New customs data shows China's imports and exports totaled 23 trillion yuan in the first three quarters of the year, up nearly three percent from a year ago.
Exports grew by more than five percent while imports edged down slightly. But data for September alone gave a different picture, with exports and imports falling by three and nine percent, respectively.
Professor He Ping, of the School of Economics and Management at Tsinghua University, believes that is consistent with the industrial transfer China is undergoing right now. Provinces in central and western China have cheaper labor and cheaper land.
Trade in China's western and central provinces jumped by nearly 12 percent and 12.4 percent, respectively.
Professor He also explained "the customer production is much cheaper than the coastal area. So I think China is experiencing an industrial transfer from coastal areas to the western and middle parts of China. Actually, the trade data (is) consistent with that."
"China's trade value for the first three quarters is up 2.8 percent year on year. But imports dipped by 0.1 percent year on year. I think most life necessities could be found in China and we can reduce some imports from outside that do not affect our consumers' lives as much," Professor He said.
Analysts attributed the downbeat results to weak global demand and a major escalation in the tit-for-tat trade war between China and the U.S.
Customs data also indicated that the European Union, ASEAN and the U.S. were China's top three trading partners from January to September.
The total trade value between China and the U.S. fell by 10 percent year on year to about 2.8 trillion yuan from January to September. The numbers came out just after the two sides concluded their latest talks last week.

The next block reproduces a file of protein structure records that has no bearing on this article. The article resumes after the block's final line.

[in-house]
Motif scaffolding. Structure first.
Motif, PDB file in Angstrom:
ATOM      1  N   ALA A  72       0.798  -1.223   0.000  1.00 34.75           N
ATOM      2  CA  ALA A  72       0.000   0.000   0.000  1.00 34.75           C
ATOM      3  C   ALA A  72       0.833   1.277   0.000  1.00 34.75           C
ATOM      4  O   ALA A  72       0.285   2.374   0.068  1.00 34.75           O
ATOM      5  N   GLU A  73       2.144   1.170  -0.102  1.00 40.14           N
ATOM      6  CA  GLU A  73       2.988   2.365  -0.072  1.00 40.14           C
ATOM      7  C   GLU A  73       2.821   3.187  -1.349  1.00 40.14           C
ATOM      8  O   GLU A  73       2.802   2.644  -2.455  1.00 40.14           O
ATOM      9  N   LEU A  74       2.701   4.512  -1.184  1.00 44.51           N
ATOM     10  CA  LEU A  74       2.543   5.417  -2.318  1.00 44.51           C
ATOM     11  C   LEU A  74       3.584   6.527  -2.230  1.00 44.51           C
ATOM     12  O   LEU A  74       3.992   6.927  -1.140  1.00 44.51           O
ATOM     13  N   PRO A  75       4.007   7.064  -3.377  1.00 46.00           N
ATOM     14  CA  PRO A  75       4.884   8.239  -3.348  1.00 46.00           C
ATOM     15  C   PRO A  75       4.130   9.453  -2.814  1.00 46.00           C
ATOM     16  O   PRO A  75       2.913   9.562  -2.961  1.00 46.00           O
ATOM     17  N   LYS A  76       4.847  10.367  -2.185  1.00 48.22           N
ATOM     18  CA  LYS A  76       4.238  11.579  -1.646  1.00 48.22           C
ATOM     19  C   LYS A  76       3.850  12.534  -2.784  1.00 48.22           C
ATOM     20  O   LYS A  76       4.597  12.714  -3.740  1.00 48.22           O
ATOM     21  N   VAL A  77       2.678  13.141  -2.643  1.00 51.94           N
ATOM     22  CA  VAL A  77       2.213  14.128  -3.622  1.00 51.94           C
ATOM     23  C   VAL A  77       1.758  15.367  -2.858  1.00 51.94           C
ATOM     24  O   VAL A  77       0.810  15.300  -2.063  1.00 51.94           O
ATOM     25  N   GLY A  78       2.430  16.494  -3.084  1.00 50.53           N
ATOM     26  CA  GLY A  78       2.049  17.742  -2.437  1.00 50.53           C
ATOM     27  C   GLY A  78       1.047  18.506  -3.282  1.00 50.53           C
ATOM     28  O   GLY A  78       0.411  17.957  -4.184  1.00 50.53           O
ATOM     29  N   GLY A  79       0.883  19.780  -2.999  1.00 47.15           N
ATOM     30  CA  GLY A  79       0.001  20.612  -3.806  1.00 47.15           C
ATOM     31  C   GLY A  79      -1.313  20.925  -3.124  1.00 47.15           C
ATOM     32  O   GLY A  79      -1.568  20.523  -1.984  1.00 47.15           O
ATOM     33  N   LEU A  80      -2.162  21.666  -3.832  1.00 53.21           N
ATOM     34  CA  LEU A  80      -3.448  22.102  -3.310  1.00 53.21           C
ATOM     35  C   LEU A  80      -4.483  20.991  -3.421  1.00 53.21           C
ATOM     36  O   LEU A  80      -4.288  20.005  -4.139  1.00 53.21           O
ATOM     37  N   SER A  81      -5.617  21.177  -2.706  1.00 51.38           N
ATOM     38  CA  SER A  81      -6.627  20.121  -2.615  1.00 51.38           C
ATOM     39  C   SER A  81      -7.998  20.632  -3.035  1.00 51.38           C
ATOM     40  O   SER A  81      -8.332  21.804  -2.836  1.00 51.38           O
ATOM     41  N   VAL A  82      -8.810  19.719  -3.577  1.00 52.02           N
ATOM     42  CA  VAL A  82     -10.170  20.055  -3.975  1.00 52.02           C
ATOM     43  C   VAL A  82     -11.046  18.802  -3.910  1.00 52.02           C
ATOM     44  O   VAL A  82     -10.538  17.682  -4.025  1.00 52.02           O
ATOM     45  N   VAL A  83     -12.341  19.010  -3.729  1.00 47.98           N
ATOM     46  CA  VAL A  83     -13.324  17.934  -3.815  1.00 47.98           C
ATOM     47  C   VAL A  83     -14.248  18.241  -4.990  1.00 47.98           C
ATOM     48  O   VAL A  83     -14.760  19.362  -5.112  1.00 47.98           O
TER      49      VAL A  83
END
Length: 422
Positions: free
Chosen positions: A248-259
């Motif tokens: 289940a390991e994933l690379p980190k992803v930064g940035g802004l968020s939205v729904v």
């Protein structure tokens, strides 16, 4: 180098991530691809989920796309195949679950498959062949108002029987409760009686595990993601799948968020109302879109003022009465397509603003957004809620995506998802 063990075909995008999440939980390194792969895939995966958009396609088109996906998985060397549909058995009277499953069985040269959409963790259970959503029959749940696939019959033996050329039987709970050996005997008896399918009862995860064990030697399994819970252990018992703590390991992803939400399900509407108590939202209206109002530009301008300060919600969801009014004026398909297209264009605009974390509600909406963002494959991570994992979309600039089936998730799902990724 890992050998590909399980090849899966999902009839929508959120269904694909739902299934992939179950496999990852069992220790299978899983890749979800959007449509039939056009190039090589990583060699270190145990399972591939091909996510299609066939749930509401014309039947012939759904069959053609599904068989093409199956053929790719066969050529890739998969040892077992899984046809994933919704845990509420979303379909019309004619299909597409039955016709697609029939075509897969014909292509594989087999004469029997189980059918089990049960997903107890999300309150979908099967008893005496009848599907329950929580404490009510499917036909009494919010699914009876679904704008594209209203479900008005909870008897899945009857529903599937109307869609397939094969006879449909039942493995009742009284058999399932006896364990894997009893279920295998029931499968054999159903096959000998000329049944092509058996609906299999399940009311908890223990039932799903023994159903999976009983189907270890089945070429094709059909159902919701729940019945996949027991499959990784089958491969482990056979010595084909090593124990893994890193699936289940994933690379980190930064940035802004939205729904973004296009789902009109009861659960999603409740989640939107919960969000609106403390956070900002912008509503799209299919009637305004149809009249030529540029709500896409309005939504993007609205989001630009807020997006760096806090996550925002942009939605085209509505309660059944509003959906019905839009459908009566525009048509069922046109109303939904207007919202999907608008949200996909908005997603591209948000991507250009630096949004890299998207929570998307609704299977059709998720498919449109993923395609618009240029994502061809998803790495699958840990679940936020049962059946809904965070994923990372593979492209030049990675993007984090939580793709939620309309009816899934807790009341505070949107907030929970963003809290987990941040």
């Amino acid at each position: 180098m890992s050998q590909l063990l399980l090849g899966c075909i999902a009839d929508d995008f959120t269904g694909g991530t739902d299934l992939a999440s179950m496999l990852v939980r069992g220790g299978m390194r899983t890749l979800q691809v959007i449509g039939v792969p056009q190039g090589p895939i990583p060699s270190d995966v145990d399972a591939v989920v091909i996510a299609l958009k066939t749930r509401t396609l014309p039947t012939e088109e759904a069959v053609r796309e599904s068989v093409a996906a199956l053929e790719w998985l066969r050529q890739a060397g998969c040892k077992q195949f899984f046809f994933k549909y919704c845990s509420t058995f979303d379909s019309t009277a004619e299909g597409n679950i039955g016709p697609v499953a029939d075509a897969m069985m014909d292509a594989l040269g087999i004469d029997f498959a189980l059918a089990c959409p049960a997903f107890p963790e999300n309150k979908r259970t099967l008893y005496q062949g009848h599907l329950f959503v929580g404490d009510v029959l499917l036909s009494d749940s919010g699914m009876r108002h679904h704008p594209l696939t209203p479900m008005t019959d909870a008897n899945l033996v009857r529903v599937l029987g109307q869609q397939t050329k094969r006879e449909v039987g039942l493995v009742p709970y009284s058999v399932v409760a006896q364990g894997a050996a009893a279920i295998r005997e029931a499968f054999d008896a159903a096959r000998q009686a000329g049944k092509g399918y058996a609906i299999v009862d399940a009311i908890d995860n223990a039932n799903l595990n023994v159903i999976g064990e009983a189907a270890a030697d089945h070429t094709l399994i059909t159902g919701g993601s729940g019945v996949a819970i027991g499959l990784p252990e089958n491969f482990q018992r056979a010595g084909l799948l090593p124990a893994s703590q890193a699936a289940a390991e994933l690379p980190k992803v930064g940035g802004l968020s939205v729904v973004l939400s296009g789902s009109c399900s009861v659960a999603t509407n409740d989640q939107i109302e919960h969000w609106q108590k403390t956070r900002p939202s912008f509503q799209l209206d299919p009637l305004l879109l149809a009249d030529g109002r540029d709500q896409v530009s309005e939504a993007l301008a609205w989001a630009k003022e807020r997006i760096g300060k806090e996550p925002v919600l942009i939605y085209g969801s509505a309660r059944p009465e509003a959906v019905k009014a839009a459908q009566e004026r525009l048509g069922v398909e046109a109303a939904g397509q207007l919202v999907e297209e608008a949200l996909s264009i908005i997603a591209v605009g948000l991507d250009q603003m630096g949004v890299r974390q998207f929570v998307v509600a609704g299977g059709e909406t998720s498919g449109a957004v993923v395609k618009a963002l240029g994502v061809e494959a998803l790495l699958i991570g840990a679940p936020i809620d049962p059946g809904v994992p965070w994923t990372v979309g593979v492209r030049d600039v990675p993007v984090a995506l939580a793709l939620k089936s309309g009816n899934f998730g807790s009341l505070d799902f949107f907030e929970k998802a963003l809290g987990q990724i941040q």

Negotiators said that they covered such topics as agriculture, intellectual property and technology transfers. They also said that "substantial progress" had been made. However, officials on both sides pointed out that much more work needs to be done before a final agreement could be reached.
As the U.S. enters a year of presidential campaigning, the Trump administration will be under pressure due to economic weakening, so probably it is a good time for the Americans to step up negotiations with China, according to He.
So what needs to happen from here on to ensure that both sides build on the phase one deal and further de-escalate tensions?
Professor He said this "phase one deal" is a good start, but it doesn't mean the global economy is out of the woods yet.
"I think in the short run, if you pay attention to the details of (the) deal, most of the agreements on U.S. demand are what China should do for U.S. I think the U.S. actually responds to China's demand. What do we need? I think Beijing has mentioned that at least the additional tariffs should be canceled in the short run.
"Over the long run, I think the U.S. probably needs some shift. In particular, they should understand the trade imbalance was not caused by China, but probably some by the international trading system as well as the international monetary system," Professor He concluded.